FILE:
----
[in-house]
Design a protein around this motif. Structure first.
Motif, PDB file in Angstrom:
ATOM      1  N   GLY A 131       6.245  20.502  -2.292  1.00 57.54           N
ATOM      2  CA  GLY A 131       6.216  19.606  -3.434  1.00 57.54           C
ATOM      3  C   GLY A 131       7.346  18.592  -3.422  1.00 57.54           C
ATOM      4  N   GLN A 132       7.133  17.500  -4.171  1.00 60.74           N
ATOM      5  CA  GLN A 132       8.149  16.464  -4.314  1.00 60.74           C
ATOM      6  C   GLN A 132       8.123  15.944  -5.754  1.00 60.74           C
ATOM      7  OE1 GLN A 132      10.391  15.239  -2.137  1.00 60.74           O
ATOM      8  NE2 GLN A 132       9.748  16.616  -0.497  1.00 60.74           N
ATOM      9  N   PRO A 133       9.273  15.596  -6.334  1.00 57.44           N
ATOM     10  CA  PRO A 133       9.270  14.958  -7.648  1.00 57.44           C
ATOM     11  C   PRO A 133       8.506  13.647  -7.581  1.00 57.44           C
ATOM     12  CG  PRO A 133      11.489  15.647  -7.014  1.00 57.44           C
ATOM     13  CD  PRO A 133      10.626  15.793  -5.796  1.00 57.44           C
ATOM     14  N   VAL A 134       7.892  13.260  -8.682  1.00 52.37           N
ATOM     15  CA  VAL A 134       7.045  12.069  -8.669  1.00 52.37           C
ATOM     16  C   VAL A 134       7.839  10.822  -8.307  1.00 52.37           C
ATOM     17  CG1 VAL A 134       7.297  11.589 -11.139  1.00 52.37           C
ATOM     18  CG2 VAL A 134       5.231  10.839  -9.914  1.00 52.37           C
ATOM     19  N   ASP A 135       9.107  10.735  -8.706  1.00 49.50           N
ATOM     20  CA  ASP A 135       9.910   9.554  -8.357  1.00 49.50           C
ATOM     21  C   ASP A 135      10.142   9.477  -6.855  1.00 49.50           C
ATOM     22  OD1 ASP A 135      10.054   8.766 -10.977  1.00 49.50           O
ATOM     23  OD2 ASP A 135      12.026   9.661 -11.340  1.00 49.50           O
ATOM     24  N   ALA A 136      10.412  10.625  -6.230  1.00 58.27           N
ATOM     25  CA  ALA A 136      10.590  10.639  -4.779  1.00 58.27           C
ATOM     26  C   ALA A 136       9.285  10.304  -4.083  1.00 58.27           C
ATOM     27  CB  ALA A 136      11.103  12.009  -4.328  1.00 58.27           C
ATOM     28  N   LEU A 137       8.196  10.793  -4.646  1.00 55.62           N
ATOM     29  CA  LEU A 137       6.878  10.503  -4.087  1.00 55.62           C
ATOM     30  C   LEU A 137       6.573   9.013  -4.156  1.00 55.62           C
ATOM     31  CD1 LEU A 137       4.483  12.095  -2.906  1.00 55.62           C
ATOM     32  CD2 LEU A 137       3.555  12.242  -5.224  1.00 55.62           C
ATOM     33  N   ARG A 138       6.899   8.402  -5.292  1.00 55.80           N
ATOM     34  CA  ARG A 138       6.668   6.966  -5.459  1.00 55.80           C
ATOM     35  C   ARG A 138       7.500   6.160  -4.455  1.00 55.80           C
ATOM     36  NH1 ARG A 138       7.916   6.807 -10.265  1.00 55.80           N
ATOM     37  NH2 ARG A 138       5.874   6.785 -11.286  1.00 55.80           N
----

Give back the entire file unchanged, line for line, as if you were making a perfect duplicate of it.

[in-house]
Design a protein around this motif. Structure first.
Motif, PDB file in Angstrom:
ATOM      1  N   GLY A 131       6.245  20.502  -2.292  1.00 57.54           N
ATOM      2  CA  GLY A 131       6.216  19.606  -3.434  1.00 57.54           C
ATOM      3  C   GLY A 131       7.346  18.592  -3.422  1.00 57.54           C
ATOM      4  N   GLN A 132       7.133  17.500  -4.171  1.00 60.74           N
ATOM      5  CA  GLN A 132       8.149  16.464  -4.314  1.00 60.74           C
ATOM      6  C   GLN A 132       8.123  15.944  -5.754  1.00 60.74           C
ATOM      7  OE1 GLN A 132      10.391  15.239  -2.137  1.00 60.74           O
ATOM      8  NE2 GLN A 132       9.748  16.616  -0.497  1.00 60.74           N
ATOM      9  N   PRO A 133       9.273  15.596  -6.334  1.00 57.44           N
ATOM     10  CA  PRO A 133       9.270  14.958  -7.648  1.00 57.44           C
ATOM     11  C   PRO A 133       8.506  13.647  -7.581  1.00 57.44           C
ATOM     12  CG  PRO A 133      11.489  15.647  -7.014  1.00 57.44           C
ATOM     13  CD  PRO A 133      10.626  15.793  -5.796  1.00 57.44           C
ATOM     14  N   VAL A 134       7.892  13.260  -8.682  1.00 52.37           N
ATOM     15  CA  VAL A 134       7.045  12.069  -8.669  1.00 52.37           C
ATOM     16  C   VAL A 134       7.839  10.822  -8.307  1.00 52.37           C
ATOM     17  CG1 VAL A 134       7.297  11.589 -11.139  1.00 52.37           C
ATOM     18  CG2 VAL A 134       5.231  10.839  -9.914  1.00 52.37           C
ATOM     19  N   ASP A 135       9.107  10.735  -8.706  1.00 49.50           N
ATOM     20  CA  ASP A 135       9.910   9.554  -8.357  1.00 49.50           C
ATOM     21  C   ASP A 135      10.142   9.477  -6.855  1.00 49.50           C
ATOM     22  OD1 ASP A 135      10.054   8.766 -10.977  1.00 49.50           O
ATOM     23  OD2 ASP A 135      12.026   9.661 -11.340  1.00 49.50           O
ATOM     24  N   ALA A 136      10.412  10.625  -6.230  1.00 58.27           N
ATOM     25  CA  ALA A 136      10.590  10.639  -4.779  1.00 58.27           C
ATOM     26  C   ALA A 136       9.285  10.304  -4.083  1.00 58.27           C
ATOM     27  CB  ALA A 136      11.103  12.009  -4.328  1.00 58.27           C
ATOM     28  N   LEU A 137       8.196  10.793  -4.646  1.00 55.62           N
ATOM     29  CA  LEU A 137       6.878  10.503  -4.087  1.00 55.62           C
ATOM     30  C   LEU A 137       6.573   9.013  -4.156  1.00 55.62           C
ATOM     31  CD1 LEU A 137       4.483  12.095  -2.906  1.00 55.62           C
ATOM     32  CD2 LEU A 137       3.555  12.242  -5.224  1.00 55.62           C
ATOM     33  N   ARG A 138       6.899   8.402  -5.292  1.00 55.80           N
ATOM     34  CA  ARG A 138       6.668   6.966  -5.459  1.00 55.80           C
ATOM     35  C   ARG A 138       7.500   6.160  -4.455  1.00 55.80           C
ATOM     36  NH1 ARG A 138       7.916   6.807 -10.265  1.00 55.80           N
ATOM     37  NH2 ARG A 138       5.874   6.785 -11.286  1.00 55.80           N